Out of desperation, I decided to look up tongue tie to see if it could be affecting Clara's eating and it was like a light went on. For one, I found out that it can affect more than just the ability of a baby to latch and get milk. It can affect how they swallow and a lot of times, a tied baby will swallow more air when they are nursing. Swallowed air = more gassy. I think for Clara this showed up more when she was older because she was eating faster.


Fast forward to Clara's 6 month check up. Thank goodness for good pediatricians. For one, my pediatrician listens to me. At that point I was tired beyond tired and utterly overwhelmed. Earlier that week I had a meltdown on the phone just trying to have a normal conversation with someone from church. I went through our problems with him and he listened. I laid out why I thought it might be related to tongue tie. He listened. Now, let me say that my pediatrician in general is the type that wants to leave things alone. He would rather not revise (clip) a tie tongue unless necessary. But he listened to me and when I said I wanted it done, he agreed to do it. I'm grateful that he didn't get on a high horse on principal and tell me I was imagining things.

Within two weeks, Clara was a different baby. Within a few days she figured out how to use her newly freed tongue to swallow baby food. She loves, loves, loves eating solid food. It's like she can't imagine where this wonderful stuff has been all her life. (Yep, she probably inherited that from me as well.) She stopped getting up at night to eat. The gas pains also gradually went away. We started probiotics under the advice of our pediatrician, and that helped, and as she learned to use her tongue better she stopped swallowing as much air while she was nursing. She stopped getting up at night with gas pains, and let me tell you, sleeping through the night feels. so. good. She also started taking naps during the day, real 1-2 hour naps and not the sad 30 minute cat naps she took when she wasn't feeling well. She's no longer super clingy and lets other people hold her and play with her. She is happy beyond happy and smiles at everyone around her. In fact, I just noticed the other day that she has her first tooth. I had no idea she was even teething. She wasn't fussy and never even woke up at night. It's like life is amazing without gas pain, and I have to agree with her.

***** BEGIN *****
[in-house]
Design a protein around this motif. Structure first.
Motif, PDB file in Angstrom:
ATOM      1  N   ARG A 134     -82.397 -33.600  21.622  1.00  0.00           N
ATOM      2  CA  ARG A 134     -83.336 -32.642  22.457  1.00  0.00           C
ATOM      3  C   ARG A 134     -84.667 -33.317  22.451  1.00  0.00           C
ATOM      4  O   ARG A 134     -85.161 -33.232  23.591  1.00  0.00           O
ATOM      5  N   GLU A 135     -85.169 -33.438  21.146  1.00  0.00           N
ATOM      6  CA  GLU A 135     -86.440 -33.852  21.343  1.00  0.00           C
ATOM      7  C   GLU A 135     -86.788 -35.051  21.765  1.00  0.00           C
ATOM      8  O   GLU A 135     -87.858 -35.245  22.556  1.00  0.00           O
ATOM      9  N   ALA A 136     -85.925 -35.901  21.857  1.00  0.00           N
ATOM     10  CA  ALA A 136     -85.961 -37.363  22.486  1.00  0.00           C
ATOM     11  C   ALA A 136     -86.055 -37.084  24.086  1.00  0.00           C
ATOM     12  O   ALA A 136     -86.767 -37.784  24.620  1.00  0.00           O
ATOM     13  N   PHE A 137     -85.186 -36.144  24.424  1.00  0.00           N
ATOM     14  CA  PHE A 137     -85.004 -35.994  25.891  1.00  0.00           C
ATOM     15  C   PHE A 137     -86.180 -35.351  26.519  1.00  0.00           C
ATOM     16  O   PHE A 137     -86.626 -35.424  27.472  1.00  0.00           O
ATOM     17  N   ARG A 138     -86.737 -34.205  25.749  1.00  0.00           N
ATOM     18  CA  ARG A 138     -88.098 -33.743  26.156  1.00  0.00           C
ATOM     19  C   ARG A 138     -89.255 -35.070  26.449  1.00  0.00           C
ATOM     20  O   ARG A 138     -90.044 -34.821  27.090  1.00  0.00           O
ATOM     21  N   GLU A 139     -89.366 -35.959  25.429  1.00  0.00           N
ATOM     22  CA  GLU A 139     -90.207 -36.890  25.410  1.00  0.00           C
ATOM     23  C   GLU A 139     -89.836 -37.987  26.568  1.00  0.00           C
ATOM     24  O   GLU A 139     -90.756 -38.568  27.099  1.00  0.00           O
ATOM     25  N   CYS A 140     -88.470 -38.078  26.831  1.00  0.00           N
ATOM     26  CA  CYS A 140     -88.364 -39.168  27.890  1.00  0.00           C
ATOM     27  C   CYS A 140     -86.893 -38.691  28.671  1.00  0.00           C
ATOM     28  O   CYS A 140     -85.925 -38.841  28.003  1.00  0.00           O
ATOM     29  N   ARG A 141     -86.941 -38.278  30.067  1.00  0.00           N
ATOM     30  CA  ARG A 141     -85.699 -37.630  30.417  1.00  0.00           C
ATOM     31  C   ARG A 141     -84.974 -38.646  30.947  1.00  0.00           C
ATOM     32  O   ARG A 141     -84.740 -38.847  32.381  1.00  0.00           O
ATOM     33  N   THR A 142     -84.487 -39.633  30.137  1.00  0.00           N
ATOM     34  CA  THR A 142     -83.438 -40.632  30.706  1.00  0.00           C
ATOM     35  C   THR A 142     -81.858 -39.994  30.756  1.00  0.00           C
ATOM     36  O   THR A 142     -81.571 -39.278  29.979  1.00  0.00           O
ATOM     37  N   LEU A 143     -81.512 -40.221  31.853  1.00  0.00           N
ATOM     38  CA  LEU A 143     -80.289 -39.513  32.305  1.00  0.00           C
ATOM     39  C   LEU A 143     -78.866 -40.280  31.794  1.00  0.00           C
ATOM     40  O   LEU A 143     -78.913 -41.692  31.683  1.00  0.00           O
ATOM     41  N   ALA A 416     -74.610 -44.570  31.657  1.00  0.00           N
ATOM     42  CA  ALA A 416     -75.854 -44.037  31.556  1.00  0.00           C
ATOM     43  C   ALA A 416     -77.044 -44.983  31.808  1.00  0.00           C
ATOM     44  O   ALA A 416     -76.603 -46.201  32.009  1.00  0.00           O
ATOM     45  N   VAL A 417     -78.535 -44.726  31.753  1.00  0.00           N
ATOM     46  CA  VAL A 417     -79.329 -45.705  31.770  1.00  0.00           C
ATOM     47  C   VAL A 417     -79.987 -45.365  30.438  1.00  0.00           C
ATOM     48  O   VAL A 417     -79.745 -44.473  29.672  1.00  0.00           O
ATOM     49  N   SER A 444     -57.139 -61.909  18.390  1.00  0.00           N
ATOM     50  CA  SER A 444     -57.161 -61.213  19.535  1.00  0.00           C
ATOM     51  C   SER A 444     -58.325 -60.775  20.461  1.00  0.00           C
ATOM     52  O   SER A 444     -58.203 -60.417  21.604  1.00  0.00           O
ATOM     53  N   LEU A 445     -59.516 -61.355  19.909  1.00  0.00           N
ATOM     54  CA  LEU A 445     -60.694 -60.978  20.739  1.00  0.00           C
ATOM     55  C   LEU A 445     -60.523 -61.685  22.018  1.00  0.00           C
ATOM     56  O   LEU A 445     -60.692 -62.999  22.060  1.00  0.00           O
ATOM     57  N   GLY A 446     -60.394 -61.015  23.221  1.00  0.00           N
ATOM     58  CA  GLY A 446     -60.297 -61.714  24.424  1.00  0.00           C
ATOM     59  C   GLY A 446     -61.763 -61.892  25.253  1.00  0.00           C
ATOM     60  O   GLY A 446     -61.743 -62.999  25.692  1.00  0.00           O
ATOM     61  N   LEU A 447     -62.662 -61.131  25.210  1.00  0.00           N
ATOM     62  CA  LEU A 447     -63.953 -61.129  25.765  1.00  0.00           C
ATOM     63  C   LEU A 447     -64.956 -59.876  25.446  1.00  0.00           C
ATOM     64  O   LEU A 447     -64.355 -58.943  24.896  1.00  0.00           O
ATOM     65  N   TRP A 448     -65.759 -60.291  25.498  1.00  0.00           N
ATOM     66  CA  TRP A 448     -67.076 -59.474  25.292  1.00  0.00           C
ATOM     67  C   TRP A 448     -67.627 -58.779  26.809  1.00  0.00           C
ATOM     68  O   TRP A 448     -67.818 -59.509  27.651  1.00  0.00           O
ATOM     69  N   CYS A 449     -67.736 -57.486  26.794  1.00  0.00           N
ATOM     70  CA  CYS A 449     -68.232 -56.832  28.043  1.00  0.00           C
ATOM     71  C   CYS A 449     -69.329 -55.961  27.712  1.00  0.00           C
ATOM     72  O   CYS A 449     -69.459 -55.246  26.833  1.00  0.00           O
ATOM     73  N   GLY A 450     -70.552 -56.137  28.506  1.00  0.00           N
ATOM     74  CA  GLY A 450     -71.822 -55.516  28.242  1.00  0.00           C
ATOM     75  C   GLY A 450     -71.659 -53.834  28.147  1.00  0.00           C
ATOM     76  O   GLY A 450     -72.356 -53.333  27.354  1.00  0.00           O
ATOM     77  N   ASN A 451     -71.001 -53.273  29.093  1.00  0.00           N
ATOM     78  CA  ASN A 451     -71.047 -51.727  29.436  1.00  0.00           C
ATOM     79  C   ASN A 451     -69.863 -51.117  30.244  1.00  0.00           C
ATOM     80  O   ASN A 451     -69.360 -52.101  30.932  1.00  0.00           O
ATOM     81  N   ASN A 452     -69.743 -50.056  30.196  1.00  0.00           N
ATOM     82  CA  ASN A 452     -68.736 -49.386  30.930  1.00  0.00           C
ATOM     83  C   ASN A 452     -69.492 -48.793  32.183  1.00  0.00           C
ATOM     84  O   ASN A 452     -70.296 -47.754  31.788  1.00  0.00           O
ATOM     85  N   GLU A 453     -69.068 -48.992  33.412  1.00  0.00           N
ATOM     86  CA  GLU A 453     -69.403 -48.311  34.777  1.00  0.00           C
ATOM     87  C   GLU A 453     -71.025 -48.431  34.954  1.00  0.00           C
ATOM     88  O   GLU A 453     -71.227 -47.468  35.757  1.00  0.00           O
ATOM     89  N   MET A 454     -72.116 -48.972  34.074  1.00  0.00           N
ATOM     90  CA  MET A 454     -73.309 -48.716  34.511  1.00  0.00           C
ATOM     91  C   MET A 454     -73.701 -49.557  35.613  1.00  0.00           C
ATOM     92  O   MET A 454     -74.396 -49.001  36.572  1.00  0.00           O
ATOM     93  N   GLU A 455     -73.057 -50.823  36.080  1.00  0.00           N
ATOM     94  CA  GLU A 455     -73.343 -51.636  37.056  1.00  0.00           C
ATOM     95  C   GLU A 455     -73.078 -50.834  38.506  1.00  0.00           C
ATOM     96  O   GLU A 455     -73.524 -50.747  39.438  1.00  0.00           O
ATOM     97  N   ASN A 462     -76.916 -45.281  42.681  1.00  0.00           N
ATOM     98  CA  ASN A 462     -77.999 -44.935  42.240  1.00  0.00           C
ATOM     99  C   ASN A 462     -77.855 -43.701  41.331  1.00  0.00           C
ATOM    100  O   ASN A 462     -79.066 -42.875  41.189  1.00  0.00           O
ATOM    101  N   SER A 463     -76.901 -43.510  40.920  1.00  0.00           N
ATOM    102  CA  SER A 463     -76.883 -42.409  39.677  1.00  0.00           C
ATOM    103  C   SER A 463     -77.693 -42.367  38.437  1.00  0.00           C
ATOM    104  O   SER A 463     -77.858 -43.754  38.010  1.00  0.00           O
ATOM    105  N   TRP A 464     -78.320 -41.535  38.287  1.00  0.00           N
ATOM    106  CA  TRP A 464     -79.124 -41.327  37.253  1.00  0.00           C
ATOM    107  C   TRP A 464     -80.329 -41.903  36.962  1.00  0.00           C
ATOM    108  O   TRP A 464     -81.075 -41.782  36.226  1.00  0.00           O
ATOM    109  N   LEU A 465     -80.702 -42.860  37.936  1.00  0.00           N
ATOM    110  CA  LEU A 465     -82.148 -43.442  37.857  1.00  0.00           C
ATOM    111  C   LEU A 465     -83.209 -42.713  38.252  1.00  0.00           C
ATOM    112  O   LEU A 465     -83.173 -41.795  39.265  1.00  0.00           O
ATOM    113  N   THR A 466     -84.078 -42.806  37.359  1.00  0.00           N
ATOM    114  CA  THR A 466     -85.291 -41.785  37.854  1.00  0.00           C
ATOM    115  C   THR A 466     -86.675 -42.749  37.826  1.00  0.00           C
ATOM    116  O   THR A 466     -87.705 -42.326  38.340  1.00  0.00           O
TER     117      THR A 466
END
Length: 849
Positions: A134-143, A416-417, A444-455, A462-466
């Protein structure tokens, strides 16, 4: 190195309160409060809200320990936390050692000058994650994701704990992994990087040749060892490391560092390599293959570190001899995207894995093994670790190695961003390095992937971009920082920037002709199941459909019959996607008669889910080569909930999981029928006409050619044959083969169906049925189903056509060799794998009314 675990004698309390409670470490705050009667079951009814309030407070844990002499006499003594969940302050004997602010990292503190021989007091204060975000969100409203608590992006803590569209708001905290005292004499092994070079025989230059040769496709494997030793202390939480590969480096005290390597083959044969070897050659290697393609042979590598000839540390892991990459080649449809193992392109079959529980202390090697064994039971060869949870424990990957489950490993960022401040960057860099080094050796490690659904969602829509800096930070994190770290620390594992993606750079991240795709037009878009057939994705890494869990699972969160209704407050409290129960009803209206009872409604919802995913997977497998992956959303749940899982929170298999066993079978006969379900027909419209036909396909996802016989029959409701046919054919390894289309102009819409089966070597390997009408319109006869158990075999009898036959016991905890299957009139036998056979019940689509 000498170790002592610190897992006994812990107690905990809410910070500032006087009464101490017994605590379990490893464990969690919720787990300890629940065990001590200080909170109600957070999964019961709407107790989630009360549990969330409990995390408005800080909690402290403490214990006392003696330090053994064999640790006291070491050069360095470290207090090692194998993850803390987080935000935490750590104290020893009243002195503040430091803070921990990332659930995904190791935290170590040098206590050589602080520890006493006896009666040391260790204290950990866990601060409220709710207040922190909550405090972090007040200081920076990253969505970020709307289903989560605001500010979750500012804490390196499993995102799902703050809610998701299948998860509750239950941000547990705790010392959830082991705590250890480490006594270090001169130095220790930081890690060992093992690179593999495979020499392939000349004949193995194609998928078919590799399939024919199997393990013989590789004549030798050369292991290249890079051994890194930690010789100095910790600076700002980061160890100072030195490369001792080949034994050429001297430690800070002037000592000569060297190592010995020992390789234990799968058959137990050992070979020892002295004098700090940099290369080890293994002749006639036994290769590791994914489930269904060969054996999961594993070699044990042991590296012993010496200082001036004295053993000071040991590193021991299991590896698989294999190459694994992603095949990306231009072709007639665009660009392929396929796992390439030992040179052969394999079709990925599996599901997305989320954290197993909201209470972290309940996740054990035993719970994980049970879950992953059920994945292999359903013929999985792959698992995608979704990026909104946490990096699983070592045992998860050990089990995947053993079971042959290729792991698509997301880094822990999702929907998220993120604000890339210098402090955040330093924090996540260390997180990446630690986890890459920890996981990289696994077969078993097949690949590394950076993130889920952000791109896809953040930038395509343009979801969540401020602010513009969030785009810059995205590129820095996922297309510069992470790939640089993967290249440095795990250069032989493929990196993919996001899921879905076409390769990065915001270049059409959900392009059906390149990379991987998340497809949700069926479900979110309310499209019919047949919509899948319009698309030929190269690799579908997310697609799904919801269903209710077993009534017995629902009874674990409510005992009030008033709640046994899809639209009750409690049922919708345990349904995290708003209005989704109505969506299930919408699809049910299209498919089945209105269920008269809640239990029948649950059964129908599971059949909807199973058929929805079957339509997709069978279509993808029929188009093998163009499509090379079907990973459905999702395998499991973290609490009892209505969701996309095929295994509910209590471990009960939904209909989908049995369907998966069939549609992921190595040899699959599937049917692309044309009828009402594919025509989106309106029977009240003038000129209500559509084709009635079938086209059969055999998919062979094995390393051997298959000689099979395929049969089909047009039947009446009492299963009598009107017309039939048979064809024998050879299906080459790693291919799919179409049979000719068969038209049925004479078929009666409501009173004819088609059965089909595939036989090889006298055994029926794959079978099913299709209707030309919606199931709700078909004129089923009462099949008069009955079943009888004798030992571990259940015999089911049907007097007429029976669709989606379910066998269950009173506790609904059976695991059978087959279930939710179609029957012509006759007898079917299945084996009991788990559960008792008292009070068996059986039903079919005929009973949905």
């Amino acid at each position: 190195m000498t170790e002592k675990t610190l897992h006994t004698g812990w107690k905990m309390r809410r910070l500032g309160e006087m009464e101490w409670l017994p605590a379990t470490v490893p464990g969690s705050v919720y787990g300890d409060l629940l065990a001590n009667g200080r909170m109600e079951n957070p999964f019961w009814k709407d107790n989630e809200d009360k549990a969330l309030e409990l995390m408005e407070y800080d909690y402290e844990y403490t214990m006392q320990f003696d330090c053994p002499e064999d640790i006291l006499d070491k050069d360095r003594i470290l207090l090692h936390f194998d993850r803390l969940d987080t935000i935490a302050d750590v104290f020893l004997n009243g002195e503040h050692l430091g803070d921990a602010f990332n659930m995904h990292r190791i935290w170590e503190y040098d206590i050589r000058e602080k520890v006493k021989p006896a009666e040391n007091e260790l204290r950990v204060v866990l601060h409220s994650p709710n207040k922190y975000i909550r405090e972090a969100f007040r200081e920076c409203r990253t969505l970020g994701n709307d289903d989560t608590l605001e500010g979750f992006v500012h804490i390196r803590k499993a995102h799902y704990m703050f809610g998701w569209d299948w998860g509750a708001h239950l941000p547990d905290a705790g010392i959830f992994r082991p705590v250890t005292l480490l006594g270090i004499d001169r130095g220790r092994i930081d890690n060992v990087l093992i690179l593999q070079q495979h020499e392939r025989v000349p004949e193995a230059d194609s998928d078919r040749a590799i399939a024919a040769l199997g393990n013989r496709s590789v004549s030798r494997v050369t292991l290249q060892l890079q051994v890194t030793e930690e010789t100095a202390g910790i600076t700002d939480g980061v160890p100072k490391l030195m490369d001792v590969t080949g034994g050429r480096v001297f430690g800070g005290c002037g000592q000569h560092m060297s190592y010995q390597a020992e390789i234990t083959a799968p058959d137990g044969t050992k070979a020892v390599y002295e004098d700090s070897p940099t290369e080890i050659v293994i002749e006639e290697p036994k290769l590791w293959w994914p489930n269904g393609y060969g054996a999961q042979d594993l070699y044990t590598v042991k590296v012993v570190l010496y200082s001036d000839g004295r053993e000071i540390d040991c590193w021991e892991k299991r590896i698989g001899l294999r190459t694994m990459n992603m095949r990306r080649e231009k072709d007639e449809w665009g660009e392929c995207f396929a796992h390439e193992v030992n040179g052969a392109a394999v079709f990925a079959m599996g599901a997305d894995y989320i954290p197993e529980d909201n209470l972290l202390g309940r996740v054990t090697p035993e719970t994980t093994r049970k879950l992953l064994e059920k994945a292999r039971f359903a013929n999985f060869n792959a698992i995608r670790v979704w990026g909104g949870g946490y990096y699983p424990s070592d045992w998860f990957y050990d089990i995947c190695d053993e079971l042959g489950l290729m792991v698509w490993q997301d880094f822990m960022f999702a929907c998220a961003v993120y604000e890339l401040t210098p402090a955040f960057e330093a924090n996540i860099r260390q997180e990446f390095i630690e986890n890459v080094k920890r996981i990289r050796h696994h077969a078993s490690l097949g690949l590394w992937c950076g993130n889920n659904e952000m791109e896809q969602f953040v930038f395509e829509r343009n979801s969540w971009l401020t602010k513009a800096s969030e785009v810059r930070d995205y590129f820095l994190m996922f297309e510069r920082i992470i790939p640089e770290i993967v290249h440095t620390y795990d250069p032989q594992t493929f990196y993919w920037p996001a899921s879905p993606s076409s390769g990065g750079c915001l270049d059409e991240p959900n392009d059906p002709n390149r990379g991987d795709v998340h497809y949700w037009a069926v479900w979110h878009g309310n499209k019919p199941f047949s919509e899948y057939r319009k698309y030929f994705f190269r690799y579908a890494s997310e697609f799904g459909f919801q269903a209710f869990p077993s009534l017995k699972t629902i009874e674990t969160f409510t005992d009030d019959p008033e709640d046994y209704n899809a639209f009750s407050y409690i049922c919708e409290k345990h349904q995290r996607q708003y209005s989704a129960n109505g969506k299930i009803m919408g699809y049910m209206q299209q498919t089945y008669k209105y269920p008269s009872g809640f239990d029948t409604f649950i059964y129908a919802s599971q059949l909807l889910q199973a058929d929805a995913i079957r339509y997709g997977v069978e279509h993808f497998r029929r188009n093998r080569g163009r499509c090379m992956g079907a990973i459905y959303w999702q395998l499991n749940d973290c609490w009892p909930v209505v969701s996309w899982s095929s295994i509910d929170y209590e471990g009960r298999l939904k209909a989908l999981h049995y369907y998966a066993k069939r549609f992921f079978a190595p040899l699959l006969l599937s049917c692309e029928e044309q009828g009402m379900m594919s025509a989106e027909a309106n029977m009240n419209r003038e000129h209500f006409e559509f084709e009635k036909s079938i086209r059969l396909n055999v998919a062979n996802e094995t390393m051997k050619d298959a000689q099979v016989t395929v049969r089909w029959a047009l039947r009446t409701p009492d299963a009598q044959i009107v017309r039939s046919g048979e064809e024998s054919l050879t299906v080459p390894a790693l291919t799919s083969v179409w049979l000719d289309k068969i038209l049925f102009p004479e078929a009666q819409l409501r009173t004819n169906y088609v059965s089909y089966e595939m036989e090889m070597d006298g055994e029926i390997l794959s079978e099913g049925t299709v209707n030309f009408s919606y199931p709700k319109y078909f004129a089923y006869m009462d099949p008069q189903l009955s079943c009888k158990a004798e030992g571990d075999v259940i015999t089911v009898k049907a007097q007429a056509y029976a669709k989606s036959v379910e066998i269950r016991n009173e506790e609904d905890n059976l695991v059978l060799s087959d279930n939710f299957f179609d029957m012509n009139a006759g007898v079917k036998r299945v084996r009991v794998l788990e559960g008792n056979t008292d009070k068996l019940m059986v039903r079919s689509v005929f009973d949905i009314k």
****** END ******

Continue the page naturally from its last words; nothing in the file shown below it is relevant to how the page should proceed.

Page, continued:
5. I'm in favor of getting tongue ties revised. This is probably no surprise after reading the experience I had with Clara. It made a world of difference for us. For the record for those of you who are thinking it is a little barbaric, revising a tongue tie means cutting the membrane under the tongue. Usually there are very few nerves or veins so it isn't that painful for the baby or even that traumatic. Clara cried as much getting her shots as she did after her revision, which was about three minutes. She smiled at the nurse on our way out. Tongue tie revision is not cutting a tongue. It's freeing an overly restricted tongue so it can work like it is supposed to. If you are a mom who thinks their baby has a tongue tie, get it checked out! And if your doctor doesn't listen to you, find someone who will. Pediatric dentists and ENTs can revise tongue ties, too.

If you want to know more about tongue tie, here are some excellent resources:

Diagnosing tongue tie in babies:  http://www.drghaheri.com/blog/2014/2/15/how-to-examine-a-baby-for-tongue-tie-or-lip-tie

General advice from moms who have been there, seen everything, as well as a list of preferred providers that are experienced in diagnosing and revising tongue tie: https://www.facebook.com/groups/tonguetiebabies/ (Closed group, just ask to join.)


So that's it for my tongue tie post. I'll be back tomorrow with a regular food post. Sorry for such a long post on a non-food subject, but I'm hoping someone can benefit from this information and my experiences. And I hope you all can forgive me for such a long break from posting. We were in survival mode for quite a while so blogging was put on the back burner.



7/10/14

Zucchini, Black Bean and Rice Skillet


This recipe says "summer" to me. It uses zucchini and bell pepper, it is fast and easy, it is cooked on the stovetop and not baked, it is light and healthy. . . it's a perfect summer dish. I love the Southwestern flair it has, and I love that it uses leftover brown (or regular) rice. I always love finding new, different ways to use zucchini and this one is the winner of the season. The zucchini is wonderfully crisp-tender in it and its flavor isn't completely masked by the other ingredients. If you have an abundance of fresh tomatoes in your garden, this dish is even better using diced fresh tomatoes instead of the canned tomatoes. Cook up a batch, eat out on the patio, and taste summer.